• Consider crop insurance coverage for wind damage for more susceptible fields.     

Spring 2019 N Loss

2019 spring planting has not been kind and has once again taught us that Mother Nature will always reign supreme.  Although we have experienced so many challenges, I don’t think it’s over yet.  It’s time for us to evaluate what has transpired so far and determine if we need to alter any crop management decisions.  Wet patterns like this will force a lot of growers to question how much nitrogen they possibly could have lost.  Figures 1 & 2 below are a few pictures that depict just how much rain we have received in western IA in the past month and the departure from the norm we have received.

As you can see from the above pictures we have experienced widespread rainfall in Western IA the past 30 days and the only question left is how much above the norm are your farms.  Now with this much rain we are bound to lose Nitrogen somewhere due to denitrification or just good ole fashion leaching.  Below are a few key points to think about when assessing potential nitrogen loss

1. Assess yield potential.  Yield potential needs to be assessed before any additional unplanned nitrogen application is made.  Often experience can lead you to making the best decision when it comes to additional nitrogen needs.  Corn that is completely dead in pond situations will need zero additional inputs, on the other hand it could look healthy with good color not yet showing the impacts of nitrogen deficiency.  Key principle #4 below may help make the decision for an operation of the fence with high yield potential corn in the heavy rain belt.  Figure 3, shows the difference that an additional 50 lb of nitrogen can make already in 2019. The picture was taken in NW Missouri by an AgriGold agronomist not expecting to have loss.

2. Nitrate source is the concern.  Nitrogen is susceptible to leaching and denitrification when it is in the nitrate form, not the ammonium form.  Soil has a negative charge and will repel ions of like charges such as Nitrate (NO3- ) & Sulfur (SO42). Ammonium is a positively charged ion and will be held tightly to soil if it does not convert to Nitrate. Two things inhibit Ammonium conversion, soil temps below 50 degrees and an application of a nitrogen stabilizer.  Remember which nitrogen forms that are already in a Nitrate solution before being applied, (Urea-100%, UAN-50%, NH3-0%, AMS-0%)

3. Estimate loss from denitrification and leaching.  Denitrification is triggered when soil organisms run out of oxygen from water logged soils and will then utilize the oxygen found in Nitrates.  Warmer temps dramatically increase denitrification rates.  Nitrogen loss from leaching occurs when excess free water moves through the soil profile and carries free nitrate in solution with it.  In the areas which have received 8+ inches of rain over the last 30 days, significant nitrate leaching, and denitrification has occurred.  It is very difficult to estimate how much N-loss from leaching and denitrification occurred and sometimes we can still get high mineralization in high organic matter situations, but it is unpredictable.  Advantage Acre’s nitrogen modeling tool (Figure 5) can help consolidate information and improve your decision making.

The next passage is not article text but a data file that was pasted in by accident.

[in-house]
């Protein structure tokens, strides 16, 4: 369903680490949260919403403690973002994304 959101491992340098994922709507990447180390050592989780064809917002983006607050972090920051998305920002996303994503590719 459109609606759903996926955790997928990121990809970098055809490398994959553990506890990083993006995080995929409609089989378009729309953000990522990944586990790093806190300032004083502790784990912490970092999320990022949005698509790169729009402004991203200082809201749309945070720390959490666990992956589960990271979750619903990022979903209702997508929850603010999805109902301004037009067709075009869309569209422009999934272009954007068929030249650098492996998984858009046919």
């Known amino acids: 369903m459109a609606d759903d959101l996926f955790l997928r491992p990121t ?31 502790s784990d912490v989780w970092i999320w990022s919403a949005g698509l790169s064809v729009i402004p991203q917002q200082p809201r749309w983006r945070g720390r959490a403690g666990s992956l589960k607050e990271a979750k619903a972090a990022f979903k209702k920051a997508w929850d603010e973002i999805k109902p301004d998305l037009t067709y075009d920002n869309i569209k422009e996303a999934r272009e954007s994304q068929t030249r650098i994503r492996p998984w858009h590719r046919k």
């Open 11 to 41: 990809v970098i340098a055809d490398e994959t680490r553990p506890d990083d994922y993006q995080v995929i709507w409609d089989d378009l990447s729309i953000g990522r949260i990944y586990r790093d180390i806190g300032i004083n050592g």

4. Rainfall data = decision.  The easiest and often the most accurate way to determine if you should apply additional nitrogen is simply based off rainfall totals April – June.  Iowa State University has updated their data estimating the probability of receiving an economic response to additional nitrogen in-season due to excess spring rainfall.  Their data show that if rainfall exceeds 15.5” from April 1-June 30th in western Iowa, there is a 76% probability that additional nitrogen will yield an economic response.1 Figure 4 represents the past 60 days rainfall, with much of the region on the cusp or close to exceeding the 15.5” threshold.  Additional nitrogen will likely pay in 2019 if you are in those areas.

Just like the planting window, time may not be on your side for the rest of the 2019 growing season.  Any additional nitrogen applications could be in a compressed window.  So far, it’s likely that we have experienced a nitrogen loss of some amount.  If conditions persist, N losses may get worse but using nitrogen modeling tools like Advantage Acre (Figure 4) can provide some key insight for decision making.  This nitrogen modeling tool in Advantage Acre helps answer how much you’ve potentially lost and what’s still needed to grow the crop.  As shown in figure 5, rainfall, topography, temperature, application timing and nitrogen source are all used to calculate residual soil nitrogen and nitrogen needed to achieve your yield goal on a field by field basis.  Please reach out to your local AgriGold Key Account Specialist or Agronomist to run some scenarios for yourself.

Sources:

  1. Iowa State University Extension and Outreach.  Integrated Crop Management.  Sawyer, John.  https://crops.extension.iastate.edu/cropnews/2018/06/potential-nitrogen-loss-2018
  2. National Weather Service.  https://water.weather.gov/precip/